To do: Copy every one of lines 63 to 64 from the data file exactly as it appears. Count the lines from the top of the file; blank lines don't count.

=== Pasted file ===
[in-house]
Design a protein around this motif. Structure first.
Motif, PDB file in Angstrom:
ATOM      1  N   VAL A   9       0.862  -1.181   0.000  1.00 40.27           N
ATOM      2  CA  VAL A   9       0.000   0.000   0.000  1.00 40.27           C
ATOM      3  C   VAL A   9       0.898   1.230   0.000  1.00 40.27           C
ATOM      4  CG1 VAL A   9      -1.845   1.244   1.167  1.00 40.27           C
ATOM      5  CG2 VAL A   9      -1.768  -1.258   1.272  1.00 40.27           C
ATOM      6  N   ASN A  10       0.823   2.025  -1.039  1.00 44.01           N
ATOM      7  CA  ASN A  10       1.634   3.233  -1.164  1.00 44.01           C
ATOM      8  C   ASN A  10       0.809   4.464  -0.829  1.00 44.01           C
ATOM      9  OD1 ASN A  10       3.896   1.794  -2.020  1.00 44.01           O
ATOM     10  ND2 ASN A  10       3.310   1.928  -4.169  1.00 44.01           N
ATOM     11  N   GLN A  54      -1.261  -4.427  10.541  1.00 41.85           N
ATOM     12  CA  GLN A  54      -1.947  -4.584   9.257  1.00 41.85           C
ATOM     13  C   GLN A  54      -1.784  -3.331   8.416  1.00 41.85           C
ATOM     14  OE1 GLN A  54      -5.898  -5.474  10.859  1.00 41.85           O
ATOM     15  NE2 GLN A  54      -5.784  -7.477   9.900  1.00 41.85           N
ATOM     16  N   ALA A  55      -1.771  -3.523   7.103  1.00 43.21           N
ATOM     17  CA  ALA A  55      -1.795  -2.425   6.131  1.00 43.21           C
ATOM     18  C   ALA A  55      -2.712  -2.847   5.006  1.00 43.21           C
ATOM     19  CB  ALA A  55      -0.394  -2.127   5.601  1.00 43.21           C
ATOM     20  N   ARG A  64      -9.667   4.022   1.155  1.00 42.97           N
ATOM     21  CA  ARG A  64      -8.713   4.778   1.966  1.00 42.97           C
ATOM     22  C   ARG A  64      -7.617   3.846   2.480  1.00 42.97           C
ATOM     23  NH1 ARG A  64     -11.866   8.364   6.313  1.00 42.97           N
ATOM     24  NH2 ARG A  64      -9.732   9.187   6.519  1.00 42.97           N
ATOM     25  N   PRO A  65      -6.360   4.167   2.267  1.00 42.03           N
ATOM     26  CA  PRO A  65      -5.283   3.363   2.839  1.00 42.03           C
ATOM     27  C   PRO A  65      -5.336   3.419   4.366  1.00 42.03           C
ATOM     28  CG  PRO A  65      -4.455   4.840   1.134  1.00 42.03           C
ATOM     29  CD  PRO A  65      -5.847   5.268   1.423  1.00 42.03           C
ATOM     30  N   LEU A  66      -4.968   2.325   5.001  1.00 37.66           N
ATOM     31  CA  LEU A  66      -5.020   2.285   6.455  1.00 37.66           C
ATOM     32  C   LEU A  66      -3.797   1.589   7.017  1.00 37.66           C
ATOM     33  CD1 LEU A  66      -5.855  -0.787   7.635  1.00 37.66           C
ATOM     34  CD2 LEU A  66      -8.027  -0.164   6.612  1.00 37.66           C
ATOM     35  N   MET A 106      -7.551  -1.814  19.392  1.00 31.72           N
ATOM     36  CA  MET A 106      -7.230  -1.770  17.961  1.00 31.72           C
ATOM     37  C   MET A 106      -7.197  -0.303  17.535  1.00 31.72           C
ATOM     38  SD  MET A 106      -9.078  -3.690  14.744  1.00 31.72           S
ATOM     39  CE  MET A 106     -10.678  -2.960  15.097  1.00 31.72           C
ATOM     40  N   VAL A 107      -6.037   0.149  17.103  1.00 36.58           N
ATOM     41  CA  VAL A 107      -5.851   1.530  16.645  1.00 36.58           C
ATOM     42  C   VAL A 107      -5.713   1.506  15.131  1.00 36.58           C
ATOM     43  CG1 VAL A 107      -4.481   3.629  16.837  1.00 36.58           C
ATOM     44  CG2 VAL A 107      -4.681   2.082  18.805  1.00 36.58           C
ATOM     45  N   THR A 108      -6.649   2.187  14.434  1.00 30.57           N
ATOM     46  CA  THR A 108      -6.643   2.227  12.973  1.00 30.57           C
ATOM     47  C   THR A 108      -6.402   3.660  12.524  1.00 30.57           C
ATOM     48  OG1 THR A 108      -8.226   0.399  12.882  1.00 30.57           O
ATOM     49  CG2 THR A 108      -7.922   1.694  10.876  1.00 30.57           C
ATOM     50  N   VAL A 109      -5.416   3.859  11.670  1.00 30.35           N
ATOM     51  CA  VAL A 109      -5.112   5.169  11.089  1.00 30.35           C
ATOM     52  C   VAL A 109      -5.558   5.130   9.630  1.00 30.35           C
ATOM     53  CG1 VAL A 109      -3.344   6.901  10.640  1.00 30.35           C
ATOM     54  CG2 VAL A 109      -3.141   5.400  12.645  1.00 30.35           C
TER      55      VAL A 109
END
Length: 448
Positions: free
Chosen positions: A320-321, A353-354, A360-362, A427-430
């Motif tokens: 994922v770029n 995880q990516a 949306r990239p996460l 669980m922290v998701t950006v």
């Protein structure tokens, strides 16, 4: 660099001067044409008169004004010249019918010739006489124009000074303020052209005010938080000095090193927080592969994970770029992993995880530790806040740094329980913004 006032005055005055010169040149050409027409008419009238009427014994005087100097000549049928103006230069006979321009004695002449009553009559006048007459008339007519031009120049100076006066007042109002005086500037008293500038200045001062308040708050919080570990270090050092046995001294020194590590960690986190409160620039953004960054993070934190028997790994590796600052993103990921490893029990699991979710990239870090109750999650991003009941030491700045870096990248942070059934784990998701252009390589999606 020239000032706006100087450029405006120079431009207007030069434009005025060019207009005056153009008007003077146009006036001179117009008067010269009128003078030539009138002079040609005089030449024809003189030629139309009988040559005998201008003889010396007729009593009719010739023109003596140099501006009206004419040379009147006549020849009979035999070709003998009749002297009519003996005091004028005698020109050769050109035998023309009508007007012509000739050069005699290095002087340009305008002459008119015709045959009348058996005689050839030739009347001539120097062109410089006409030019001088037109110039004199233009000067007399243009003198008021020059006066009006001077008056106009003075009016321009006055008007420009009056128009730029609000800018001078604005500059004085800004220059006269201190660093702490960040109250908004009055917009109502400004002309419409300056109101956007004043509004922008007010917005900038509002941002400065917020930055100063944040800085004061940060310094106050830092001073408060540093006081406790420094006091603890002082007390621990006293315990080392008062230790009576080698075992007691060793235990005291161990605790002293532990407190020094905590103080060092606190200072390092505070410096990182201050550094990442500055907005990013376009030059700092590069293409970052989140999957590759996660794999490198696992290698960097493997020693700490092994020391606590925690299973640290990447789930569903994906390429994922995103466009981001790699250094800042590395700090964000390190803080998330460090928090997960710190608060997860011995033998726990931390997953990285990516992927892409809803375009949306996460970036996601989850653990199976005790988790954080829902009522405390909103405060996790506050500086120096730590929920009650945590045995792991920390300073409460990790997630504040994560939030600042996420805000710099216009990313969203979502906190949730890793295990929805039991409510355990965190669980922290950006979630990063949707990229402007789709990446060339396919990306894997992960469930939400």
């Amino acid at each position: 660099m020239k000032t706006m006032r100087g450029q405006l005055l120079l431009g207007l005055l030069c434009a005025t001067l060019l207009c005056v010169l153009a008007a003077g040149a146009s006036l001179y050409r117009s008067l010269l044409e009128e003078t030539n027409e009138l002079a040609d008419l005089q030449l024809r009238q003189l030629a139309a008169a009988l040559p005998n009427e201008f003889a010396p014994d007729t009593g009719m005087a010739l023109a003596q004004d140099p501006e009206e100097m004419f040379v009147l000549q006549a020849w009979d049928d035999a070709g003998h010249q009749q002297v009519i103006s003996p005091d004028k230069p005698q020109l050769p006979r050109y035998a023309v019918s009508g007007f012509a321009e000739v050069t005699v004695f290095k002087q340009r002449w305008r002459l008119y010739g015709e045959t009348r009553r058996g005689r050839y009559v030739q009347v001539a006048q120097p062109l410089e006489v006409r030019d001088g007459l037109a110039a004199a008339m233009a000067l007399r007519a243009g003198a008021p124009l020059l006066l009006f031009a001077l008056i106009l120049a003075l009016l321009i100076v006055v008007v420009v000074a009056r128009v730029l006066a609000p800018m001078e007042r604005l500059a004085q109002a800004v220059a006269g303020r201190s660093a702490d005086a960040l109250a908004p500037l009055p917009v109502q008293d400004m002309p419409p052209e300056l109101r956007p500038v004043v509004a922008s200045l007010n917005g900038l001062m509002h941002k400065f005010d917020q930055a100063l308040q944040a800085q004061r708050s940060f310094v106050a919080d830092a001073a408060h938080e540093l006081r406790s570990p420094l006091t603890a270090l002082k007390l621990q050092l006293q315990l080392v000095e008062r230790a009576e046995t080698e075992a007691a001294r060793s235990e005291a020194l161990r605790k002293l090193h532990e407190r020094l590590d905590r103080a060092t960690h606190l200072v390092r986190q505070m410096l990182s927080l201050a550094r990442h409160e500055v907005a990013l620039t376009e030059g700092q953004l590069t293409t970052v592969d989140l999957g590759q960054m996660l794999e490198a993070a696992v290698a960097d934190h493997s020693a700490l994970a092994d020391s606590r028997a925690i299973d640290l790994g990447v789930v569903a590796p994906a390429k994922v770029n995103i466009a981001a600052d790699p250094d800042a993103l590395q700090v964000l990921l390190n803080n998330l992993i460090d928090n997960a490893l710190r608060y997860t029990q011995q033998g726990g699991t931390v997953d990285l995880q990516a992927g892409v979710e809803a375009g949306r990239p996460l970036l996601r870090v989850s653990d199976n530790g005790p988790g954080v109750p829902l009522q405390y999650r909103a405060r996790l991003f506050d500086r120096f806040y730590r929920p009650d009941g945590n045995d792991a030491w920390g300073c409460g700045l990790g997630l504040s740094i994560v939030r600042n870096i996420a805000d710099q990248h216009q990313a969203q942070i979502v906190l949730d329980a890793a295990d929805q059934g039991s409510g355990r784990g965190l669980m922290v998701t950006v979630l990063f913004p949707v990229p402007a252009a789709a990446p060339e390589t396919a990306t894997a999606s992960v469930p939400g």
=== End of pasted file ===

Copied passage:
């Motif tokens: 994922v770029n 995880q990516a 949306r990239p996460l 669980m922290v998701t950006v």
């Protein structure tokens, strides 16, 4: 660099001067044409008169004004010249019918010739006489124009000074303020052209005010938080000095090193927080592969994970770029992993995880530790806040740094329980913004 006032005055005055010169040149050409027409008419009238009427014994005087100097000549049928103006230069006979321009004695002449009553009559006048007459008339007519031009120049100076006066007042109002005086500037008293500038200045001062308040708050919080570990270090050092046995001294020194590590960690986190409160620039953004960054993070934190028997790994590796600052993103990921490893029990699991979710990239870090109750999650991003009941030491700045870096990248942070059934784990998701252009390589999606 020239000032706006100087450029405006120079431009207007030069434009005025060019207009005056153009008007003077146009006036001179117009008067010269009128003078030539009138002079040609005089030449024809003189030629139309009988040559005998201008003889010396007729009593009719010739023109003596140099501006009206004419040379009147006549020849009979035999070709003998009749002297009519003996005091004028005698020109050769050109035998023309009508007007012509000739050069005699290095002087340009305008002459008119015709045959009348058996005689050839030739009347001539120097062109410089006409030019001088037109110039004199233009000067007399243009003198008021020059006066009006001077008056106009003075009016321009006055008007420009009056128009730029609000800018001078604005500059004085800004220059006269201190660093702490960040109250908004009055917009109502400004002309419409300056109101956007004043509004922008007010917005900038509002941002400065917020930055100063944040800085004061940060310094106050830092001073408060540093006081406790420094006091603890002082007390621990006293315990080392008062230790009576080698075992007691060793235990005291161990605790002293532990407190020094905590103080060092606190200072390092505070410096990182201050550094990442500055907005990013376009030059700092590069293409970052989140999957590759996660794999490198696992290698960097493997020693700490092994020391606590925690299973640290990447789930569903994906390429994922995103466009981001790699250094800042590395700090964000390190803080998330460090928090997960710190608060997860011995033998726990931390997953990285990516992927892409809803375009949306996460970036996601989850653990199976005790988790954080829902009522405390909103405060996790506050500086120096730590929920009650945590045995792991920390300073409460990790997630504040994560939030600042996420805000710099216009990313969203979502906190949730890793295990929805039991409510355990965190669980922290950006979630990063949707990229402007789709990446060339396919990306894997992960469930939400």